Centre Delas / The Basel Peace Office – 2019-02-08 23:45:21
Europe Should Stop Financing War and Exporting Weapons
Centre Delas / The Basel Peace Office
BASEL, Switzerland (January 14, 2019) — Europe should stop exporting weapons and financing war, and should instead invest in peace, security and sustainable development, according to participants in three events in Basel organized by the Basel Peace Office on Jan 14-15.
‘European countries collectively spend â‚¬220 billion on the military and export â‚¬27 billion of weapons annually, many of these weapons going to regimes with horrific human rights records or which are in armed conflict. In comparison, Europe invests only 140 million euros (0.6% of the military budget) on the Organisation for Security and Cooperation in Europe (OSCE), which brings Europe, North America and Russia together to manage conflicts, forge peace and build common security,’ says Christine Muttonen (Austria), former President of the OSCE Parliamentary Assembly.
‘The erosion of the Intermediate Nuclear Forces Treaty and continued conflicts between Europe and Russia over Ukraine and Syria make this even more important. For our security and survival, we need to invest more in peace and less in militarism,’ says Ms Muttonen, who spoke at a public event on January 14: Investing in peace and sustainability: Political and financial policies to protect future generations from climate change and nuclear weapons, and at Nuclear Disarmament and Divestment, a regional meeting of European parliamentarians and city leaders on Jan 15.
‘The magnitude of this military spending is not understood by the public, nor the amount of good that would occur if just a portion of this money was reallocated to peace and sustainable development,’ says Prof. Andreas Nidecker MD (Switzerland), President of the Basel Peace Office. ‘As such, yesterday we counted out 27 billion euros — the amount of annual European arms exports — in 27,000 notes each of 1 million euro value, and ‘reallocated’ this to climate protection and the other sustainable development goals.’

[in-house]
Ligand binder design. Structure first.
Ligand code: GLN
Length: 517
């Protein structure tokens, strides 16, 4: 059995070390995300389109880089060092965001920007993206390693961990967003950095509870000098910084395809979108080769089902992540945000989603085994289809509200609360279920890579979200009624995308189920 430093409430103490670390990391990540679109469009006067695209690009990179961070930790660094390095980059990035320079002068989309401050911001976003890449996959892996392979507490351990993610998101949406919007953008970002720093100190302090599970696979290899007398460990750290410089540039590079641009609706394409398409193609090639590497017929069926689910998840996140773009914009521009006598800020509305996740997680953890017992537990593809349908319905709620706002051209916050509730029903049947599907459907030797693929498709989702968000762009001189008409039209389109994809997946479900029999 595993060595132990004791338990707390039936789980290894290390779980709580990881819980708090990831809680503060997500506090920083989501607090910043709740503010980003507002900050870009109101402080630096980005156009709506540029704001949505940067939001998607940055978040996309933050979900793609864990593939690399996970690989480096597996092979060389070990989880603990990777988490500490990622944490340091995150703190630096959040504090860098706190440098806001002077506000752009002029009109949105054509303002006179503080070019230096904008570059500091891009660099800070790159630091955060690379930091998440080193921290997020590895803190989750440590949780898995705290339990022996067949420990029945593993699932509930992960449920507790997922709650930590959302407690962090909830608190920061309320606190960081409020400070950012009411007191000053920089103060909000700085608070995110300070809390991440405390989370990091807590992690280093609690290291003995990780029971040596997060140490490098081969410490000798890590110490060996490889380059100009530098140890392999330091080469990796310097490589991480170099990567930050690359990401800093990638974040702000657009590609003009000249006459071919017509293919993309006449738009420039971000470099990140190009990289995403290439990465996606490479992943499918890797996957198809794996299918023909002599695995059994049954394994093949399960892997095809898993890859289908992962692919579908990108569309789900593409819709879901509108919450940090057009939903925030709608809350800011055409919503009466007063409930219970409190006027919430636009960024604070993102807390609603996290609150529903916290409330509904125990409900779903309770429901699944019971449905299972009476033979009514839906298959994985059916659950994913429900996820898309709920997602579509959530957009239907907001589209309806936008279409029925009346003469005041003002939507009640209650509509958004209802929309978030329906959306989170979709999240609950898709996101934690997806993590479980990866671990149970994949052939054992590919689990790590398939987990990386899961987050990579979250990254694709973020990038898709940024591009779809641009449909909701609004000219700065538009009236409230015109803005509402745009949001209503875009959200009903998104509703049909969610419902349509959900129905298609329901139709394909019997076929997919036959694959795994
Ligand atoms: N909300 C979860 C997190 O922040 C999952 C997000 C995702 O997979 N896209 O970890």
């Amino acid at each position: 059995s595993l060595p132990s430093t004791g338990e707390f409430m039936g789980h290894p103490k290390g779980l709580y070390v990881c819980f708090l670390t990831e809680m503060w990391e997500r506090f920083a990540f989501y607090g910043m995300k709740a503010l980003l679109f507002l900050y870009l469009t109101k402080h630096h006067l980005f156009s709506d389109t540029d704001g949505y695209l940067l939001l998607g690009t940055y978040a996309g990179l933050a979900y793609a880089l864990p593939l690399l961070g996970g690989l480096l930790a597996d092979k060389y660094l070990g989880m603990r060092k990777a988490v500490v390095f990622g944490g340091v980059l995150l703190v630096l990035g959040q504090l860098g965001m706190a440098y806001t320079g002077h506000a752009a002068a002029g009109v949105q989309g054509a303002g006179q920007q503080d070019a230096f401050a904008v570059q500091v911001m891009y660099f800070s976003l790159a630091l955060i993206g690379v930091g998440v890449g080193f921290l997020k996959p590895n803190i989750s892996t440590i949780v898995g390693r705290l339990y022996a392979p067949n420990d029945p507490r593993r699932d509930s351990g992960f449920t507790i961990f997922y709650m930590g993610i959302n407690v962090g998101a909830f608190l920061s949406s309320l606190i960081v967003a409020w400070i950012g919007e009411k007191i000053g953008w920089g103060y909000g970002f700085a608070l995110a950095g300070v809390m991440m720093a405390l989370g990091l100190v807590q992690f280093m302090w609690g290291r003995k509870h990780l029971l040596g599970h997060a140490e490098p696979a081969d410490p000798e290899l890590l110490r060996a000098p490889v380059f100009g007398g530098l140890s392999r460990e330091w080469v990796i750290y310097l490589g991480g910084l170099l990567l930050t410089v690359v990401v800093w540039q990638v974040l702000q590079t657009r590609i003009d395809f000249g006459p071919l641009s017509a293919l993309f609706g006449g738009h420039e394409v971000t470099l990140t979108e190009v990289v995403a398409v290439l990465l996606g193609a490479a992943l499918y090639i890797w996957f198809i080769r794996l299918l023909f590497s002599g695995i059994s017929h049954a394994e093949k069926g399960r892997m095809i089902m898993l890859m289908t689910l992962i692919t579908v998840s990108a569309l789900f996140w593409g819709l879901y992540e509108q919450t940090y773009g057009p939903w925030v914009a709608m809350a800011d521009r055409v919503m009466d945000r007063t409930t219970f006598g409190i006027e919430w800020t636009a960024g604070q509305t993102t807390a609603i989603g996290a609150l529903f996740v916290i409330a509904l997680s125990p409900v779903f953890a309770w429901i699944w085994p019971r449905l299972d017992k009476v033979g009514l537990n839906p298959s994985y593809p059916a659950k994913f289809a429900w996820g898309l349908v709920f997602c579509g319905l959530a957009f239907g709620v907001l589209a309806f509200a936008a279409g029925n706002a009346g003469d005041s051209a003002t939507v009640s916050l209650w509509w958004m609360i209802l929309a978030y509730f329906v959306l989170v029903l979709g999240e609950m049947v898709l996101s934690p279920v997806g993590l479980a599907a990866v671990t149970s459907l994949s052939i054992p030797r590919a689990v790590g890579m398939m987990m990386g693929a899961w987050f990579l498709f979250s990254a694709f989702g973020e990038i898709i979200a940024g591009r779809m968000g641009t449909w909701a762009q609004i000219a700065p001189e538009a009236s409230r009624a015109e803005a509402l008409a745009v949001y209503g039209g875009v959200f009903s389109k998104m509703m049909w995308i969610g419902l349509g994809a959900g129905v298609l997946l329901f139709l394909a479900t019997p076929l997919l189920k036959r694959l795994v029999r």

The counting action took place during the Basel Peace Forum, an annual event organized by swisspeace which brings around 200 leaders of business, diplomacy, academia and civil society from around the world to Basel to generate new ideas for peace, conflict prevention and conflict transformation.
A key theme for the 2019 Forum was Impact Investing. Other topics include Artificial Intelligence and Digitalization, Architecture and Urban Planning, Health and Migration as well as Risks in the Extractive Industries.
The Mayors for Peace network, to which more than 7,000 cities and towns belong, is a worldwide movement for peace that is a powerful voice against war and environmental destruction,’ says Thomas Hermann, Deputy Mayor of Hannover, a Mayors for Peace Executive City. ‘Now more than ever, when peace-making treaties that respond to nuclear armament are being called into question, when we face the threat of new arms escalation in Europe, and when the consequences of climate change are displacing people in increasing numbers, we must speak out more forcefully once again.’
The issue of nuclear disarmament is again on the European political agenda as nuclear threats have returned, the arms race between Russia and the USA has resumed and nuclear arms control agreements like the Intermediate Nuclear Forces (INF) Treaty are eroding,’ says Alyn Ware (Czech Republic), Global Coordinator of Parliamentarians for Nuclear Nonproliferation and Disarmament (PNND).